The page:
The direct relationship between traditional CVD risk factors and risk of atherosclerosis is well established. Dietary modifications which lower blood pressure and lipids provide a likely explanation for much of the risk reduction. However, oxidative stress, including oxidation of LDL-c (oxLDL) appears to be an important, if not obligatory step in the pathogenesis of atherosclerosis and may accelerate this process.26 Hence, measurement of oxidative stress using biomarkers may offer insight into mechanisms of CVD risk reduction beyond that which is predicted by lipids or other CVD risk factors alone.
Oxidative stress markers commonly used, including nonspecific in vitro assays to determine the susceptibility of lipids to oxidation (i.e. lag time, thiobarbituric acid substances, malondialdehyde, oxygen radical absorbing capacity (ORAC) or assays that measure, in vivo, end-product of oxidative damage to lipids (e.g., breath ethane or urinary isoprostanes). Formation of these oxidation products is dependant on free radical activity (i.e. metabolic rate), substrate concentration (i.e. lipids), and antioxidant activity (both endogenous and dietary). Hence, alterations in dietary patterns can give important insight into the benefit or harm of nutrients when linked to subsequent changes in markers of oxidative stress.
In the DASH trial, consumption of the DASH diet reduced breath ethane exhalation (an in vivo marker of oxidized n-3 polyunsaturated acids)17 and reduced urinary isoprostanes (an in vivo degradation product of arachidonic acid). These findings provide indirect evidence for reduced oxLDL in vivo. In addition, consumption of the DASH diet was previously shown to prevent an expected rise in urinary isoprostanes induced by acute hyperlipidemia.15 Consumption of the DASH diet resulted in increasing serum antioxidants and the ORAC of serum (Fig. 2.2).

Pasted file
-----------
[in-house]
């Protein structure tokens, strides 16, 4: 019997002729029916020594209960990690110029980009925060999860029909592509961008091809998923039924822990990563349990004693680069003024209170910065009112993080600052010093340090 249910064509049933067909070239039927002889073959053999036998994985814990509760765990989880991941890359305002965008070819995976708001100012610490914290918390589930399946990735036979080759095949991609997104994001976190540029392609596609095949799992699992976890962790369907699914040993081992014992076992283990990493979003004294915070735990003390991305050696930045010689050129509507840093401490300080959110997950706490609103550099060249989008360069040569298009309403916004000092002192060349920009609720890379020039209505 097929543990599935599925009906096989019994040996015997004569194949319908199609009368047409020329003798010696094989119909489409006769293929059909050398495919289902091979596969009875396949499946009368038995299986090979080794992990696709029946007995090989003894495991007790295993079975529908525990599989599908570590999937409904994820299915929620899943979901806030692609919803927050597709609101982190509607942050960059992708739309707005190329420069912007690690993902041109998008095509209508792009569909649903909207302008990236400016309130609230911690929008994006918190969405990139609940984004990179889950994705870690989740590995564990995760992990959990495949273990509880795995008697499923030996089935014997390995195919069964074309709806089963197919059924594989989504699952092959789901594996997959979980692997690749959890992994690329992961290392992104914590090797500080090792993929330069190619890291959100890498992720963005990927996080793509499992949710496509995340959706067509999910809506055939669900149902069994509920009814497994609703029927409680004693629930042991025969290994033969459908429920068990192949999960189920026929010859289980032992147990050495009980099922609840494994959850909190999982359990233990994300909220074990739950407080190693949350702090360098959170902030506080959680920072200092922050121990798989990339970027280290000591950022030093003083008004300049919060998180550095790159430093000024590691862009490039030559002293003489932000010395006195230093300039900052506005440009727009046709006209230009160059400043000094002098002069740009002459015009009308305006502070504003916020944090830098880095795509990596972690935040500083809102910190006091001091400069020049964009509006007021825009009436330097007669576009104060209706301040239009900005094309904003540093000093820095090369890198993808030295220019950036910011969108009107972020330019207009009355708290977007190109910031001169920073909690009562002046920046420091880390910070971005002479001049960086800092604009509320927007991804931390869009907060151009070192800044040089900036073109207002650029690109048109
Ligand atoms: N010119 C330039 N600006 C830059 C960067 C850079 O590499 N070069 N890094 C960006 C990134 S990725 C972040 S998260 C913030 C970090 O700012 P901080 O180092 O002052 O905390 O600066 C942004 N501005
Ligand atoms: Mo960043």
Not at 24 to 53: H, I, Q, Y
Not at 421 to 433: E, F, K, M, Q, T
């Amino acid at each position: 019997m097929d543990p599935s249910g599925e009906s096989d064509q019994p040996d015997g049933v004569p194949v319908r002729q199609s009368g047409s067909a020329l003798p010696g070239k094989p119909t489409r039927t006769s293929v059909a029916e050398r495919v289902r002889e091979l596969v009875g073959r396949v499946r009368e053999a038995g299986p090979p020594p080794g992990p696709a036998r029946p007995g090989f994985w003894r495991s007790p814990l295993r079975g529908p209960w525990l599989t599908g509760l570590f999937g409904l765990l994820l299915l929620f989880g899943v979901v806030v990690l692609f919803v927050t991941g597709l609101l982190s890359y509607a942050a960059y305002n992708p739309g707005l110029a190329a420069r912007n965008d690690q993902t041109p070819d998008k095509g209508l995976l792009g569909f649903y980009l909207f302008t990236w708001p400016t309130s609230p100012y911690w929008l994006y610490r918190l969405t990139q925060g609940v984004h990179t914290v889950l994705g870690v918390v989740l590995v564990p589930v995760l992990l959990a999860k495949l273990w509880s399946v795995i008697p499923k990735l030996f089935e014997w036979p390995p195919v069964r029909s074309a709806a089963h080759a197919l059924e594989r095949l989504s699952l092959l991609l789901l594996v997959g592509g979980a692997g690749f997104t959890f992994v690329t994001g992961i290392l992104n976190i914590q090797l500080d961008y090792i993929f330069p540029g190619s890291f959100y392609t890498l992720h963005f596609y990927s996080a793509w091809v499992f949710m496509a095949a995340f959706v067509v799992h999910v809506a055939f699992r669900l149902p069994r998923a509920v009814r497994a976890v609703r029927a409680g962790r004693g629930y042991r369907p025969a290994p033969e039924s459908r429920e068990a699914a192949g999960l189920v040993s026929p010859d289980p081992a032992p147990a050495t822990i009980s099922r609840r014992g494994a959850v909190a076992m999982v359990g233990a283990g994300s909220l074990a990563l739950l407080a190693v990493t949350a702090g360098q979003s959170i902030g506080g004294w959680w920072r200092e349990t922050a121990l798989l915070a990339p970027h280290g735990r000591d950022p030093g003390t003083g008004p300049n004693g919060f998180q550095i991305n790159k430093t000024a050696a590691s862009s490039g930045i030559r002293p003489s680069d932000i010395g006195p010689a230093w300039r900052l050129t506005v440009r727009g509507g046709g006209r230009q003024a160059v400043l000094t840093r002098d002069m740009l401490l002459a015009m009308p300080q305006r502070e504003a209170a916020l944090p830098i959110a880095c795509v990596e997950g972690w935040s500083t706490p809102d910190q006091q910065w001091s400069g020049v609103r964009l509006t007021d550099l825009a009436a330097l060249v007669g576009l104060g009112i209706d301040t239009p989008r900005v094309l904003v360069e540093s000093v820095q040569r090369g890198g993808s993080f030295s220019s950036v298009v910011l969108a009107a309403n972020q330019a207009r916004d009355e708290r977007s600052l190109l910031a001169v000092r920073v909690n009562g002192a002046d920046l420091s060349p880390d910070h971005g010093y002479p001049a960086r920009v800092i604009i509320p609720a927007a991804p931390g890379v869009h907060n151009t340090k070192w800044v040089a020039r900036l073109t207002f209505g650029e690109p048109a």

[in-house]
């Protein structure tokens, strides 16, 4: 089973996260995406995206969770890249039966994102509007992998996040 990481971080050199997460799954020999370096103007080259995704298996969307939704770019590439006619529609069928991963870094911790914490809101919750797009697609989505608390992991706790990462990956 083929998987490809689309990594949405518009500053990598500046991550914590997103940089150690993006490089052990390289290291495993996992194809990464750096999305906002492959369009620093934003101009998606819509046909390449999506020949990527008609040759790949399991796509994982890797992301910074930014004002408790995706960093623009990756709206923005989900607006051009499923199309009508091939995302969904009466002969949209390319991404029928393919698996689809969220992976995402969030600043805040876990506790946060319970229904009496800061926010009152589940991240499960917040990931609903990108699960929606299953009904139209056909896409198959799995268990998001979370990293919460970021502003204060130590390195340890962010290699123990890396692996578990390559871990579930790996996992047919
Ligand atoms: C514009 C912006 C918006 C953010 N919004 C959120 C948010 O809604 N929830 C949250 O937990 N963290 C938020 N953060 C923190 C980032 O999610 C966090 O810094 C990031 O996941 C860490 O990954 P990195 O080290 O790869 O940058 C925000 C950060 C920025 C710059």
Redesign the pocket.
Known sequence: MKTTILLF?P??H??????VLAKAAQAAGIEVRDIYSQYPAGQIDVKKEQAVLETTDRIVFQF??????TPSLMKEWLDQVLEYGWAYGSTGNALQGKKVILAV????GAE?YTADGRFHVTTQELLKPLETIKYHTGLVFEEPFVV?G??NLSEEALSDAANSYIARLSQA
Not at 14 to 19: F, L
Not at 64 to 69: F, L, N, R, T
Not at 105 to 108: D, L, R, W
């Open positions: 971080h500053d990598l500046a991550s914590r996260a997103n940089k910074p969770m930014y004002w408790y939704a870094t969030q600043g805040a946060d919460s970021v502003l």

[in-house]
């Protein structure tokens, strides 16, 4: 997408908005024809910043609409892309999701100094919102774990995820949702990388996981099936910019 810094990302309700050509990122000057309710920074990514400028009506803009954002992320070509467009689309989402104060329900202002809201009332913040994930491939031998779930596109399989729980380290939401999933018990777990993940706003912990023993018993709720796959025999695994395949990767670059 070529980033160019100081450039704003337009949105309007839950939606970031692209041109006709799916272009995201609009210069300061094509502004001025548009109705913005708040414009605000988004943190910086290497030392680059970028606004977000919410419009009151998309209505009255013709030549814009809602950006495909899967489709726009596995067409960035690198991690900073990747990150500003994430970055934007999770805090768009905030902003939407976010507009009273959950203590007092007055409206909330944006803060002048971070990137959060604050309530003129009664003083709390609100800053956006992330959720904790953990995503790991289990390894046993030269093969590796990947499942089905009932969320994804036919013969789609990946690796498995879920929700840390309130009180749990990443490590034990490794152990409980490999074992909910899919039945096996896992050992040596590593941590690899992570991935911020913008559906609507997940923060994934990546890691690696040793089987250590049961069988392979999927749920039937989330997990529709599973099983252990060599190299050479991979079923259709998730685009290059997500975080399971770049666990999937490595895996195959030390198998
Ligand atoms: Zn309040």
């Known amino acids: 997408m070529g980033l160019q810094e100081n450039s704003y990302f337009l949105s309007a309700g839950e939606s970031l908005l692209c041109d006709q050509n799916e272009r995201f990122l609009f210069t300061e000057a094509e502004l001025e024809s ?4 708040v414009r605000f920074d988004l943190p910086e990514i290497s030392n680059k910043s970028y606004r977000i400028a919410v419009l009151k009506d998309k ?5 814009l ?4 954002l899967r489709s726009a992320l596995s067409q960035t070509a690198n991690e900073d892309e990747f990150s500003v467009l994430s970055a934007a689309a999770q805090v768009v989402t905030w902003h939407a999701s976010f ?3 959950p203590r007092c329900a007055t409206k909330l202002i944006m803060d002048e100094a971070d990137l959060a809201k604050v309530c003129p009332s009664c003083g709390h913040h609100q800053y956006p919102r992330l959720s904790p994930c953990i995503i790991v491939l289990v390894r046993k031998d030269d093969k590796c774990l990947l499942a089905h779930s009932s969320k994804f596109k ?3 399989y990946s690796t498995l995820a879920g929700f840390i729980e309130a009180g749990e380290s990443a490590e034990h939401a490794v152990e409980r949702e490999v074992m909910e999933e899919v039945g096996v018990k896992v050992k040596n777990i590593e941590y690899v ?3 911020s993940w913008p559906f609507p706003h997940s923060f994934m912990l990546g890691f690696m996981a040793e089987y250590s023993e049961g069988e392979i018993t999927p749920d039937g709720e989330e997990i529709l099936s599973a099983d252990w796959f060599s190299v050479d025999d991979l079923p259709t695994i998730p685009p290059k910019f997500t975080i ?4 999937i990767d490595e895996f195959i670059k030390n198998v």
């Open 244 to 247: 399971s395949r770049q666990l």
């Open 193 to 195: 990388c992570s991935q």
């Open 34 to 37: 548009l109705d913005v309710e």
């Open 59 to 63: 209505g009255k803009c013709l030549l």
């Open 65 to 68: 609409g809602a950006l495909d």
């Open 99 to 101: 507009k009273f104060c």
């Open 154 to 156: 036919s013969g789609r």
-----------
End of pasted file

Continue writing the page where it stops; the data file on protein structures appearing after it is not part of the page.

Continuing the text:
A limitation of the ORAC assay is the inability to determine which component(s) of the diet provides the greatest activity in protecting against oxidative stress. However, consumption of the DASH diet resulted in increased serum levels of several carotenoids including lutein, cryptoxanthin, zeaxanthin and P-carotene,
important lipid soluble antioxidants. A proportionate increase in lipid peroxidation products derived from a higher polyunsaturated fat intake, can be diminished by supplementation of diet with plant-based sources of antioxidants such as flavenoids.11 In addition, supplementation of diet with carotenoid-rich vegetable products has been shown to enhance lipoprotein carotenoid concentrations and reduce lipid peroxidation in healthy men consuming a diet controlled for fat intake.4 Consumption of a diet high in fruit and vegetable has also been shown to increase endogenous enzymatic antioxidant activity (erythrocyte glutathionione peroxidase activity) and resistance of plasma lipoproteins to oxidation.9 Finally, reduced oxidative stress observed in the DASH trial may, in part, be explained by the higher serum content of these dietary antioxidants and enhanced antioxidant enzymatic activity.
Additional benefits of consumption of the Mediterranean diet may be related to a predominance of monounsaturated fat in the diet. Monounsaturated fats are more resistant to oxidation than polyunsaturated fats.1914 A higher proportional polyunsatu-rated fatty acid intake results in an increased number of double bonds (targets of oxidation) which has previously been linked to greater oxidation in vitro.7 The Mediterranean diet, compared with the typical US diet, is greatly reduced in polyunsaturated fatty acids. Hence, enrichment of diet with monounsaturated fatty acids will reduce the rate of oxidized lipids.27 Finally, olive oil is enriched with several compounds that constitute the unsaponified fraction of the oil, (hydrocarbons, sterols, and polyphenols), that prevent the oil from oxidation and underlie its exceptional stability.19
Collectively, these studies suggest that the consumption of the Mediterranean style diet may lower risk of CVD, independent of traditional CVD risk factors, via the increased antioxidants and reduced oxidative stress.
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